My late father was French-Mauritian, a distinction that he always made very clear to people. And I think that is perhaps why he was such a devotee of Agatha Christie’s famous Belgian detective. My father took great delight in the parts where British characters insulted Poirot by calling him a French so and so, and Poirot deftly replied something to the effect of “I am a Belgian so and so”.
My mother is also an enormous fan of anything Agatha Christie, and so I was raised on Poirot and Miss Marple. Whilst other children watched Disney movies almost exclusively, in addition to The Little Mermaid and Pocahontas, I watched David Suchet as the great Belgian sleuth, Joan Hickson as Miss Marple, and, of course, Peter Ustinov in his several Poirot outings. Whilst my father rarely watched anything more than once, perhaps twice if it was a Steven Siegel film, he watched the Ustinov Poirot films many, many times over several decades.
My dad’s favourite was Death on the Nile, and even though I think that film is splendid, my favourite has always been Ustinov’s second outing, Evil Under the Sun. Like its predecessor, Evil Under the Sun is chockablock with stellar actors, from Maggie Smith, to James Mason, Nicholas Clay, Jane Berkin, Roddy McDowell, and last but not least, former Bond girl herself, Diana Rigg.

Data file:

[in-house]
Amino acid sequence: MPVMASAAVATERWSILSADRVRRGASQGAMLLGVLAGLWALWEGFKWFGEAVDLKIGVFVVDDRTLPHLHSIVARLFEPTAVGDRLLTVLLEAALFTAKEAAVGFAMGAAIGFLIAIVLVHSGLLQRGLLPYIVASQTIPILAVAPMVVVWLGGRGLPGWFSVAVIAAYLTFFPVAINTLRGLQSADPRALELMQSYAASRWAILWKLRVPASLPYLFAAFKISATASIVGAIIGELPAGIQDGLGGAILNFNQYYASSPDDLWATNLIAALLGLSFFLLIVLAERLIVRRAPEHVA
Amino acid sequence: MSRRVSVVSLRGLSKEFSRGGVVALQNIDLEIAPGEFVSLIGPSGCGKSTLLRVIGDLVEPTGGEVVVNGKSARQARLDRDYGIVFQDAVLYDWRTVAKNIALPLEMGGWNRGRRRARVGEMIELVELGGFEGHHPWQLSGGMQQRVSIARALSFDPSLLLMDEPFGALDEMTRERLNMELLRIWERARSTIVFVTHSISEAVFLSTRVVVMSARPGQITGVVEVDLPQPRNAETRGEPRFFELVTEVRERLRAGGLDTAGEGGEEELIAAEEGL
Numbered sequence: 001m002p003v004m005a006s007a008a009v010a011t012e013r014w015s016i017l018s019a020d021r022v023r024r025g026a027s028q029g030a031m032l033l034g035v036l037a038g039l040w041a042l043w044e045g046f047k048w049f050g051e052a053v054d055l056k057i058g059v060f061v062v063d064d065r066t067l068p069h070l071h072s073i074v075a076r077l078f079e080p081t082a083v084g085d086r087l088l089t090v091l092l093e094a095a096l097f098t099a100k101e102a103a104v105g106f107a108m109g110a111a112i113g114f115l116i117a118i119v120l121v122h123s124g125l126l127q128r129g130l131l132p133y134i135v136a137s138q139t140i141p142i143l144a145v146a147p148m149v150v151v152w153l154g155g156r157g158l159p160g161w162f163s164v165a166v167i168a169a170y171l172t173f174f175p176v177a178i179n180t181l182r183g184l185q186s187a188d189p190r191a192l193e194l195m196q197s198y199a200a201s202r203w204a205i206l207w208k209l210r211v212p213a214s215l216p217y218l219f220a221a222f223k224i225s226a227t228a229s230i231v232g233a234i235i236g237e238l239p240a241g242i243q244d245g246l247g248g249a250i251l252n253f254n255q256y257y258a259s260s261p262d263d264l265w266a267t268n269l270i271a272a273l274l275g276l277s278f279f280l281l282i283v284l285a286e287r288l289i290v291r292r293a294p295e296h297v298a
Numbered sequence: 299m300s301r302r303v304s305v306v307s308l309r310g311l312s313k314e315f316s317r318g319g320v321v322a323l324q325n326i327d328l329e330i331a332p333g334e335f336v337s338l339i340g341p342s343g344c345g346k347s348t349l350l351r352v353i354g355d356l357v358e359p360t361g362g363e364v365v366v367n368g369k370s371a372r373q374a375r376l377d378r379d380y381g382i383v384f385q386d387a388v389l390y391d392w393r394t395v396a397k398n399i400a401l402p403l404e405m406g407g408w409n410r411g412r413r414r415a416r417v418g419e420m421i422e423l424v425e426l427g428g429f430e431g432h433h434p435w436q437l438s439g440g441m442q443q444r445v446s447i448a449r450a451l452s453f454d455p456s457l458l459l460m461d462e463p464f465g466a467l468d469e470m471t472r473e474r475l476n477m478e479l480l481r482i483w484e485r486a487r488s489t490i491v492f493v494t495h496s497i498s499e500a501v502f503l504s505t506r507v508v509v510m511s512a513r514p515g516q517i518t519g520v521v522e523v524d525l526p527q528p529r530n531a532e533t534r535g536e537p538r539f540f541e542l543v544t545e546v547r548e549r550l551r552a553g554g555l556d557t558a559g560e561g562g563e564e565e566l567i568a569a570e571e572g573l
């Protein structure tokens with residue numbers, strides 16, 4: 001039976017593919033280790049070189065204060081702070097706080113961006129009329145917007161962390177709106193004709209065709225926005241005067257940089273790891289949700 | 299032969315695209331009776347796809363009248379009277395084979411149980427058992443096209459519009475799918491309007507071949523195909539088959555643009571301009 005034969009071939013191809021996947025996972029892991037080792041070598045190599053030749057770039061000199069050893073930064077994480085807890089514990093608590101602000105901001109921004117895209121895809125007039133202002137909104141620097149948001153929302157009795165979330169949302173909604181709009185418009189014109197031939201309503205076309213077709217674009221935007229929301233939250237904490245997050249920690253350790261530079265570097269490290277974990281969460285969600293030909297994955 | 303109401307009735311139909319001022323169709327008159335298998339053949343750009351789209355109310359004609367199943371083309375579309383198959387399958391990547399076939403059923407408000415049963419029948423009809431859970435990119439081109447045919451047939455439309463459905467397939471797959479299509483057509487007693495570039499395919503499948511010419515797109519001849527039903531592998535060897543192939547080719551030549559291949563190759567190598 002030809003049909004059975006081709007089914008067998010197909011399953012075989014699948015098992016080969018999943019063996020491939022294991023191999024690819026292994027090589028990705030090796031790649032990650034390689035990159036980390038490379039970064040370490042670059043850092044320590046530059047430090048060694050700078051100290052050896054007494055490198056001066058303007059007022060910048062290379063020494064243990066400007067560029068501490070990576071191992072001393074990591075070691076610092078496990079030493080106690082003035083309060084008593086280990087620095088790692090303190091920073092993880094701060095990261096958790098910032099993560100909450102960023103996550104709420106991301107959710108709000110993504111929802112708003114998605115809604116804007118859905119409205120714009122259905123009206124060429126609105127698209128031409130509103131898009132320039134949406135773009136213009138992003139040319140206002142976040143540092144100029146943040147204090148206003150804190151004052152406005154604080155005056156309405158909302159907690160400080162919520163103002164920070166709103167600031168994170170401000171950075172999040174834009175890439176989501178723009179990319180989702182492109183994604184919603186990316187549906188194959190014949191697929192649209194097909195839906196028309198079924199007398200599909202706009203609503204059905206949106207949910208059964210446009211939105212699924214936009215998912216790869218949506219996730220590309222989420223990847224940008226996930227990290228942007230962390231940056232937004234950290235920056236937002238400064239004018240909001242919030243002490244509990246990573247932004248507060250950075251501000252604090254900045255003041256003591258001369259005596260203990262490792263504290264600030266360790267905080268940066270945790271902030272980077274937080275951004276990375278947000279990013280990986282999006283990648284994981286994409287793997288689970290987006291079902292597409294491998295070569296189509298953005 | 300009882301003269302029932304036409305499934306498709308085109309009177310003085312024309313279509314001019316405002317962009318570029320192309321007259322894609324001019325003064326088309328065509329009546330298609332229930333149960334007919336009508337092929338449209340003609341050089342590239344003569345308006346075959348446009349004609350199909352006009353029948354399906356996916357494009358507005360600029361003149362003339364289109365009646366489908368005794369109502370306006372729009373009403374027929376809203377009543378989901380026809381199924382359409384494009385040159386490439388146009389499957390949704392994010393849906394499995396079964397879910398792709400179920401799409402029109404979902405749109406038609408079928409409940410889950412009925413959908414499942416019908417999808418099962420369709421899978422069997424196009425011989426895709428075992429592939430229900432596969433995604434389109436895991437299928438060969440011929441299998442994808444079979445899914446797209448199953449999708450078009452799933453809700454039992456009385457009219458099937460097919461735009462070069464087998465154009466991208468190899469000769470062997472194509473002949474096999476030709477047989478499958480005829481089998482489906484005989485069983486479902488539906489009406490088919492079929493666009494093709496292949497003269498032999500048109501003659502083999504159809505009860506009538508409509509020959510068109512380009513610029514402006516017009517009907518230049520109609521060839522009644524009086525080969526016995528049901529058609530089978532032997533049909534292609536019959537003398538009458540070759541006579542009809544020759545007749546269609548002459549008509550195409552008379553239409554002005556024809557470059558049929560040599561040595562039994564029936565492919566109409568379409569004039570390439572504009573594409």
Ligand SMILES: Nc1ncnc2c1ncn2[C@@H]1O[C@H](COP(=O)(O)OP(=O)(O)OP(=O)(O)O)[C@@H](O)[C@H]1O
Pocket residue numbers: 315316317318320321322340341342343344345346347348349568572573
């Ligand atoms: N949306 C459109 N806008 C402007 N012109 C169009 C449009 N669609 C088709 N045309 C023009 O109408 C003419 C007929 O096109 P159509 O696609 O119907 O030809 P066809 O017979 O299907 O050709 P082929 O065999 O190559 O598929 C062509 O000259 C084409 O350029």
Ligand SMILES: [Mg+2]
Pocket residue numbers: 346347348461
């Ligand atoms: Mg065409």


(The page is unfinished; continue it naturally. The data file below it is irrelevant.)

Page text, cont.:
This adaptation takes many liberties with the source material, such as moving the setting of the novel from Devon to an island in the Mediterranean, and has the hotel run by the former mistress (played magnificently by Maggie Smith) of the King of “Tyrania”. Several of the character’s motivations and backstories are also changed, but the central plot is still the same: although the setting is beautiful, the shadow of evil lurks beneath the glare of the sun.
A veritable cast of characters come together on the very exclusive resort island, run by Daphne Castle (played by Maggie Smith). These include Poirot (of course), who is investigating the attempted insurance fraud perpetrated by the rather “common” Sir Horace Blatt (played by Colin Blakely). It seems that the famous stage actress, Arlena Marshall (played by Diana Rigg), has run off with Blatt’s incredibly valuable jewel, and is going to Daphne’s island with her new husband, Kenneth (Denis Quiley), the man she left Blatt for. In addition to these escapades, Arlena is also carrying on an extremely obvious affair with the slick gigolo type, Patrick Redfern (played by Nicholas Clay), much to the chagrin of Kenneth, and Patrick’s mousey wife, Christine (played by Jane Birkin). Naturally, when Arlena is murdered whilst sunbathing, the suspect list is rather long. Poirot has to root out the culprit amongst a sea of people intent on burying the skeleton in the sand.